Mexico’s revolutionary legacy inspired several other Latin American countries, Cuba being one amongst them. Che Guevara and Fidel Castro first met in Mexico City in 1955. They ultimately succeeded in taking over Cuba’s administrative power from Fulgencio Batista in 1960. During the movement, large-scale, black and white relief prints were created for putting on city walls. Few of these prints survived. ‘The Pseudo-Republic’ and ‘Revolution’ by Carmelo Gonzales Iglesias and ‘Latin America, Unite!’ by Luis Penalever Collazo are amongst them.These aremonumental black and white woodcuts, depicting Cuba’s revolutionary history. ‘The Pseudo-Republic’ by Iglesias was finished in Havana in 1960, one year after the Revolution. ‘The Pseudo-Republic’ comprised a total of seven individual blocks. Iglesias initially started with two blocks. As political events unfolded day by day, he kept adding blocks, until he reached seven. When these seven pieces were brought together, they became one comprehensive narrative. Both Iglesias and Collazo’s works are figurative, rendered in wonderful detail and graphic chiaroscuro. Collazo shows distinct skill in gouging, creating a variety of strokes in various orientations to distinguish objects, materials, and surfaces.
While Mexican and Cuban artists unleashed the democratic potential of relief printmaking on the masses to ignite revolutionary fervour, in Brazil, relief printmaking was employed to design book covers for String Literature or Literatura de cordel in the early 20th century. These were cheap books of poetry both printed and published by the authors themselves. In order to design the cover page and to reduce the production cost, the authors adapted woodcut techniques from the local block cutters. These cover pages often address popular imagery from folktales, local legends, etc. in black and white, delineated in bold and stylized form. With the advent of the printed cover page, the demand for these books increased in the mid-20th century. As a result, single-sheet woodcut prints began to be produced independently apart from books. Jose Francisco, José Costa Leite, Marcelo Soares, Abraao Bezerra are some of the well-known cordel artists.
Even today, the Latin American legacy of black and white relief printing follows the same role it has had since inception, catalysing social and political awareness in the masses. Contemporary Latin American printmakers conceive their work as a beautiful fusion of native history and modern surroundings, portrayed in narrative forms that remind us of graphic novels, posters and graffiti. Brazilian printmaker Ramon Rodrigues was born in 1982. He specialises in small scale wood engraving, printed in stark black and white contrast. His works illustrate the supernatural and death in the terrestrial world. Ramon initiates a mobile woodcut studio project to facilitate interaction between common people and printmaking. He also designs music album cover pages and bottle labels in woodcut.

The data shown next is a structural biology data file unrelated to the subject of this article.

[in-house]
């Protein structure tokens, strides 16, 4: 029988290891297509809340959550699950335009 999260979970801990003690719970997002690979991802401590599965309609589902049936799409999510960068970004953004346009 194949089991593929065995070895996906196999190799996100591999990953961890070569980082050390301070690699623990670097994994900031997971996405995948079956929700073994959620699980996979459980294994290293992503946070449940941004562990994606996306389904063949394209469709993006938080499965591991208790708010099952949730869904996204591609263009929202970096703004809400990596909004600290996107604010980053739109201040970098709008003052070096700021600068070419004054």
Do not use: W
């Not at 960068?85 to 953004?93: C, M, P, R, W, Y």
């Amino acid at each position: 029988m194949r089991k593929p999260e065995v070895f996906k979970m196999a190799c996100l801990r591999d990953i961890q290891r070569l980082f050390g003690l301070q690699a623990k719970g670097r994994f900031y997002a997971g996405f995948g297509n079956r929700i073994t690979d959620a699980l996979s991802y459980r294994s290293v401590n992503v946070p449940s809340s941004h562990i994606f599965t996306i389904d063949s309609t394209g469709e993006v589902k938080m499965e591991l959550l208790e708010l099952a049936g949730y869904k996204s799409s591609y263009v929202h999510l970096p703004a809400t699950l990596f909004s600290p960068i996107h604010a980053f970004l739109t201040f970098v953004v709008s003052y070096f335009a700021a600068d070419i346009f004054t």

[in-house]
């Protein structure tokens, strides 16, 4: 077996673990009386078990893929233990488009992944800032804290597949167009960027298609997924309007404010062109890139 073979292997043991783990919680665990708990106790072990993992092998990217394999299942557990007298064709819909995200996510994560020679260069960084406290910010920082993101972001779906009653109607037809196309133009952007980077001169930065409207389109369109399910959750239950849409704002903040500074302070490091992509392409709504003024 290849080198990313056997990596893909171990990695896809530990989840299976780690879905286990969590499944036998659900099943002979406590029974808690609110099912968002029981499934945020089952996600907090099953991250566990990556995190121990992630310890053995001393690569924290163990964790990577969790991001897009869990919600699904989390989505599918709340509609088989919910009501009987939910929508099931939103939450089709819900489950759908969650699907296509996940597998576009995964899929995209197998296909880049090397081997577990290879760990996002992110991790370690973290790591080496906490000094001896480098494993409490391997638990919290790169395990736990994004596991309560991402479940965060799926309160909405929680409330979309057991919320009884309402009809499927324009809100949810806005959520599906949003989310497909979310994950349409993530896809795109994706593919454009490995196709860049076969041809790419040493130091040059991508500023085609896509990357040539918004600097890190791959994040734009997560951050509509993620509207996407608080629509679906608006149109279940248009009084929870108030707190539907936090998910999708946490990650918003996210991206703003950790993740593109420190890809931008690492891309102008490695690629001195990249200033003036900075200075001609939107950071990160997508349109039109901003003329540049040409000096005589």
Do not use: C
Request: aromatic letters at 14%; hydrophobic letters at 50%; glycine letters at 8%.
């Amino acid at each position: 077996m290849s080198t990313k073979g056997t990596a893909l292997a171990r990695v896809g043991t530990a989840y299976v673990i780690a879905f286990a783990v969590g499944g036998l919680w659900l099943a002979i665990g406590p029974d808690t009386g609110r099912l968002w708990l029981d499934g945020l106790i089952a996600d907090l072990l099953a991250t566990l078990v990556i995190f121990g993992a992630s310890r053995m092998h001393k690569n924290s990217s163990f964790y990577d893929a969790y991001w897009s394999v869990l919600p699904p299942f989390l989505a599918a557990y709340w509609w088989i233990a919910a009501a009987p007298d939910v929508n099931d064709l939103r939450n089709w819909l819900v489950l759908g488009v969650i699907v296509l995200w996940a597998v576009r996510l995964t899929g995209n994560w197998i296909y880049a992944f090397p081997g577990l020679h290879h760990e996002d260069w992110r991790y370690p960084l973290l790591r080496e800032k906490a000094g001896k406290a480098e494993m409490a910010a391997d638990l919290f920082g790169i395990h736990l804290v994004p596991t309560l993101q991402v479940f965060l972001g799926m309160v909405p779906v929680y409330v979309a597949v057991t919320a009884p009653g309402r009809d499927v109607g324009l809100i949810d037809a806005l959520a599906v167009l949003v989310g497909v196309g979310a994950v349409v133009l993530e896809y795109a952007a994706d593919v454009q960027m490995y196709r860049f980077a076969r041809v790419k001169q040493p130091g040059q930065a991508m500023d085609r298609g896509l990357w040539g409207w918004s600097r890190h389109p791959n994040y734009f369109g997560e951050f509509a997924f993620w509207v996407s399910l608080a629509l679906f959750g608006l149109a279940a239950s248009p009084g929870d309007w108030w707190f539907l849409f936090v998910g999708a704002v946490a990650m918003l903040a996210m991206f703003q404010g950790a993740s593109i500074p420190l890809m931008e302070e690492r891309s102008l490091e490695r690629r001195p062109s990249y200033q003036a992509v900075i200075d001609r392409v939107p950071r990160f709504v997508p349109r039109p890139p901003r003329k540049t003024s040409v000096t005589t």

Sergio Sanchez Santamaria, a Mexican-born printmaker, reinterprets the ideals of Mexican graphic art in today’s social and political context. He brings the traditional back to life, juxtaposing iconography with elements from the modern scenario. As mentioned earlier, death is an important moment in Mexican culture. Sergio’s woodcut ‘Covid19’ reimagines death in a more contemporary light. Death appears in his print as a rapper from the 21st century. He is laughing at the spectator, dressed in three-quarter slacks, sneakers, a peak cap, and cool sunglasses, while wielding a traditional scythe. In the background, a smiling skull rises in the sky, surrounded by stars, as in the Harry Potter movies, signifying the horrifying realities of Covid-19 across the world.
Grafia Mazatl’sinspiration is deeply rooted in the realism of social, political and environmental injustice. To reach the masses, he works as a graffiti artist in public spaces, and rejects art as ‘private property.’ His choice of relief printmaking as a medium derives from this ideal. As relief printmaking is cheap and widely reproducible, Grafia transforms his graffiti into black and white linocuts and woodcuts. Grafia shows exceptional skill in gouging, improvising lines in a variety of patterns and orientations to produce a number of middle tones, distinguishing different surfaces.
Following in the footsteps of José Guadalupe Posada, modern and post-modern Latin American printmakers realise the reproductive capabilities of relief printmaking and its function in mass communication. In contrast to conventional printmaking, they eschewed exclusive editioning in favour of mass production to make arts accessible and affordable for all.
E.d Ittmann John. Mexico and modern printmaking : a revolution in the graphic arts, 1920 to 1950, Philadelphia Museum of Art. San Antonio, 2007.
Kiddy, Elizabeth, and Kristen T. Woodward. Revolutions: Interdisciplinary Approaches to Teaching Printmaking and Latin American History. The History Teacher, vol. 46, no. 2, 2013, pp. 169–191. JSTOR, http://www.jstor.org/stable/43265156. Accessed 22 July 2021.
Donahue-Wallace, Kelly. Picturing Prints in Early Modern New Spain. The Americas, vol. 64, no. 3, 2008, pp. 325–349. JSTOR, http://www.jstor.org/stable/30139132. Accessed 22 July 2021.
Burke, Peter. Popular Prints in Brazil, Print Quarterly, vol. 23, no. 2, 2006, pp. 208–211. JSTOR, http://www.jstor.org/stable/41826594. Accessed 22 July 2021.
By Nilanjan Das